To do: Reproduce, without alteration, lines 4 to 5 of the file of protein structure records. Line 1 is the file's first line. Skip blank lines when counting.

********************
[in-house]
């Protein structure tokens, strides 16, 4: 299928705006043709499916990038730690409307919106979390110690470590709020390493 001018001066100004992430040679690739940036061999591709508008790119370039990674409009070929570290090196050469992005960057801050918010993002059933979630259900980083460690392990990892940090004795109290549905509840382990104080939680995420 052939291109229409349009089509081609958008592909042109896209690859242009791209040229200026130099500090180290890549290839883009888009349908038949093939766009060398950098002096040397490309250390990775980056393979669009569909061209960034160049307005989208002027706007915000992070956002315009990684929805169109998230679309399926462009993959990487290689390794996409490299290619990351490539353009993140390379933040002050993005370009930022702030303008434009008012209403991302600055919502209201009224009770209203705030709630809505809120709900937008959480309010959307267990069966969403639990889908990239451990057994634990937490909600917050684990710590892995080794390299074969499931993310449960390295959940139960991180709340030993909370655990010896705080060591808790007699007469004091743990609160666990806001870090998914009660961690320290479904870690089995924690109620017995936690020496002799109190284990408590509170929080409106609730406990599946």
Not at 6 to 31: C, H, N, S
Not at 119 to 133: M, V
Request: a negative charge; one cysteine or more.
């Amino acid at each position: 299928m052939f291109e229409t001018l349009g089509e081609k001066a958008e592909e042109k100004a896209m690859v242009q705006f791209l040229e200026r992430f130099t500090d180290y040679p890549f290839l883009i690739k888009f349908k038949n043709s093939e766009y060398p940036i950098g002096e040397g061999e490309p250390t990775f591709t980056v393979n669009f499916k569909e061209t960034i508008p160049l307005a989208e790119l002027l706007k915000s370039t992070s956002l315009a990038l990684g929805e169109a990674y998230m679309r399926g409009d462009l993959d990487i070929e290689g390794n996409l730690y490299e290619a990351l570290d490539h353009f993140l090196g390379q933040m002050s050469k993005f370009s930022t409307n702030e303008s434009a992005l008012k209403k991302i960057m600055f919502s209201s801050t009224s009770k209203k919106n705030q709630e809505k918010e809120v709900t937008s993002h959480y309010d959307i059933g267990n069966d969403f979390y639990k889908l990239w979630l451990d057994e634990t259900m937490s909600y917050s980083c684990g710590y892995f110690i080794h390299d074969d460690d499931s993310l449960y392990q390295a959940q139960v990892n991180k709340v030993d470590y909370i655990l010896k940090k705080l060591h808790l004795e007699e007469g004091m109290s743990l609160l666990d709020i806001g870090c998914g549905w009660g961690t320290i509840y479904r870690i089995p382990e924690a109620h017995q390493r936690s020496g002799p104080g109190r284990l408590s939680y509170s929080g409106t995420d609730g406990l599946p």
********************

Not at 119 to 133: M, V
Request: a negative charge; one cysteine or more.